Perri acknowledged that residents had raised concerns about poor construction methods at the Edward Corner building, but said that L&I is not allowed to instruct contractors how to do their job. “The building code does not regulate means and methods,” he said. L&I inspectors can issue violation orders only once an irregularity occurs.
Even before the construction boom reached its current frenzied pitch, L&I struggled to stay on top of violations at the city’s construction sites. Things have only gotten worse in recent years, as more inexperienced contractors and developers try to cash in on Philadelphia’s thriving real estate market. So far this year, six occupied homes have been undermined to the point of collapse, up from two in all of 2018. Every few days there is another allegation of subpar or dangerous construction on the Facebook page set up by Whitaker’s coalition.
The Edward Corner case is not the first time in recent months that L&I has been forewarned about serious violations at construction sites. In Queen Village, the owners of a colonial-era home complained for months about the way construction was being managed on the site next door. While L&I did step in to order the developer to brace their shared party wall, the house’s foundation still suffered serious damage. The owners, Adam Knowles and Debjani Bhattacharyya, were forced to move out because of unsafe conditions.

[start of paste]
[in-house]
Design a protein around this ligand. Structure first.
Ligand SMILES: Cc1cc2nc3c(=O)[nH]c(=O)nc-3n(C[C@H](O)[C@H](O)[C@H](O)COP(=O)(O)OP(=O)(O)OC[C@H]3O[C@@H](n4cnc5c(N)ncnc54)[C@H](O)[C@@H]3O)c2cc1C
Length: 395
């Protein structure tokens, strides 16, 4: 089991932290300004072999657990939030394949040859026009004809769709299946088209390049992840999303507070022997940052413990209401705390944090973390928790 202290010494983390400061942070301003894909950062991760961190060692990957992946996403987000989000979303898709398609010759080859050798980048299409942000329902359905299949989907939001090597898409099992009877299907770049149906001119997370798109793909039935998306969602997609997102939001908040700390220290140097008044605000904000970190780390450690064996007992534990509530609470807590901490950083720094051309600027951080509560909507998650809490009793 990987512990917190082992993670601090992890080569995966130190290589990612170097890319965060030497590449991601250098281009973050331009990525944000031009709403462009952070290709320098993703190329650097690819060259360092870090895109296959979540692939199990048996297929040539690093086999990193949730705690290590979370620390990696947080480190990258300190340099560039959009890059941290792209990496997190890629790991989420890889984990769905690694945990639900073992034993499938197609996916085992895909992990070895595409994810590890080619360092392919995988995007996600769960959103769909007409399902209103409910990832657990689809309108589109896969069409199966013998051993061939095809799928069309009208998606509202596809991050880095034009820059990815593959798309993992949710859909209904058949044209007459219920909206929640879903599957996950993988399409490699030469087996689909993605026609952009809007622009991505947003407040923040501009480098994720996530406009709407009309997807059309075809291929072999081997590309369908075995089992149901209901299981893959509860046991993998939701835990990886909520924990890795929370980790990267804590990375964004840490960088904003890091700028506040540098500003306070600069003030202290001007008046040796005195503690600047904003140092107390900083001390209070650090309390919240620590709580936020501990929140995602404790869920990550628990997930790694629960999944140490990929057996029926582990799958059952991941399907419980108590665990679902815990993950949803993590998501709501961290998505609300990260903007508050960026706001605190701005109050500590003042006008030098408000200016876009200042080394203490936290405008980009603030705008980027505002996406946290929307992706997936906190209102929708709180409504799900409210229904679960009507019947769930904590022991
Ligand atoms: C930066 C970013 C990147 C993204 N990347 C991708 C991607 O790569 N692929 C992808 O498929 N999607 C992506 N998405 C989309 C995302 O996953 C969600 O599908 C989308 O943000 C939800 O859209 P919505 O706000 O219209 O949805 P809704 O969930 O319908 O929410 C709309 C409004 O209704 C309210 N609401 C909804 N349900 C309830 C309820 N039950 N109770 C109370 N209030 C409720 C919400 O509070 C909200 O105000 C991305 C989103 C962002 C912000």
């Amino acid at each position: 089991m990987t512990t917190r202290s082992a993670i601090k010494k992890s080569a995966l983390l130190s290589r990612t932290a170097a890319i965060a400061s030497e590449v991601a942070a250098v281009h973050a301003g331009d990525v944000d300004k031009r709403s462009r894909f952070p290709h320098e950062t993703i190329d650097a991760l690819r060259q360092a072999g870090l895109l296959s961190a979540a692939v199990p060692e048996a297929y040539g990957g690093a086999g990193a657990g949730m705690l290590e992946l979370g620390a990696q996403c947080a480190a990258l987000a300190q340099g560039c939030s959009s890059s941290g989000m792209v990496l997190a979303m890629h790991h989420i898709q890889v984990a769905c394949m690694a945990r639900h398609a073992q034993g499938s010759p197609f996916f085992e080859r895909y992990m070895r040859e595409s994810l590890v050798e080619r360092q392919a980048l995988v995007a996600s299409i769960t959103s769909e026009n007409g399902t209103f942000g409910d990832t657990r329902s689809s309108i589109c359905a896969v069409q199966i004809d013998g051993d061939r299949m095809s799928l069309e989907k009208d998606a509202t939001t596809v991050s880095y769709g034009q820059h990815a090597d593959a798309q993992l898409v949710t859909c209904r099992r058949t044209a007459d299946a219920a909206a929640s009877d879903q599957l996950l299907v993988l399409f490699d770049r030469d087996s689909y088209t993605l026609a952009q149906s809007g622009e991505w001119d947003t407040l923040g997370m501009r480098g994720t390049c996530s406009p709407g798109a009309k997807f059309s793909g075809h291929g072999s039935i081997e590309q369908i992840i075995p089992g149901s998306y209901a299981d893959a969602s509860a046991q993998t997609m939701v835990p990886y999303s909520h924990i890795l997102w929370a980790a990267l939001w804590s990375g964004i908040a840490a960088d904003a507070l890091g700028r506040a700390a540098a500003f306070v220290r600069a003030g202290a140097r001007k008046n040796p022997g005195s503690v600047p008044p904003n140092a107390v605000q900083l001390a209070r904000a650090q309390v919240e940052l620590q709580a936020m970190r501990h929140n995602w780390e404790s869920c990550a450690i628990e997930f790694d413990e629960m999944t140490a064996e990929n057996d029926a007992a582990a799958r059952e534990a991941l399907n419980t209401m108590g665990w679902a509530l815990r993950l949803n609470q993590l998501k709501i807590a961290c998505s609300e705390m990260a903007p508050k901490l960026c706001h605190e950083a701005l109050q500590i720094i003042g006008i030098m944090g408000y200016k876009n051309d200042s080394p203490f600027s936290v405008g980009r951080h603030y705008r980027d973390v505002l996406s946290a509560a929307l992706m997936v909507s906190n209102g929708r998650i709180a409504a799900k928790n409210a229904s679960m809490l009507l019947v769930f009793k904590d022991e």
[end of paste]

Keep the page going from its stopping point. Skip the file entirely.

L&I can also be too quick to approve the demolition of historic structures, especially those that have a history of neglect. Last year, it allowed developer Ori Feibush to raze the long-vacant Chocolate Factory on Washington Avenue after bricks began falling from one of its walls. At the time, the block-long 19th century factory was being considered for the historic register and several architects who toured it said it could have easily been stabilized. The demolition gave Feibush a cleared site for building townhouses in the highly desirable Graduate Hospital neighborhood.
If Philadelphia is going to rein in irresponsible contractors and developers, Perri said, L&I needs additional powers. “An inspector can only enforce the code,” he said. “We believe, with older historical buildings, we need an amendment that would allow us to require bracing and shoring.”
The lawsuit filed last week could also offer a new approach, although it does not guarantee that the Edward Corner building will be saved. The complaint simply calls on Streamline to fully stabilize the structure. Once that is done, the suit notes, the company may petition the Historical Commission for permission to demolish the 1920s warehouse.
Time is already running out for the Edward Corner building. The stabilization work at needs to begin immediately, Perri said, or the building could succumb during the upcoming hurricane season. Winter could be fatal. He estimates that the repairs could run as much $1.5 million. The city is seeking a variety of fines, as well as compensation for installing safety barriers around the building, undertaking an independent engineering study, and legal costs.
But what the city really wants, Perri insisted, is for the historic building to be restored. “Our position going into court, is this: Fix the entire building.”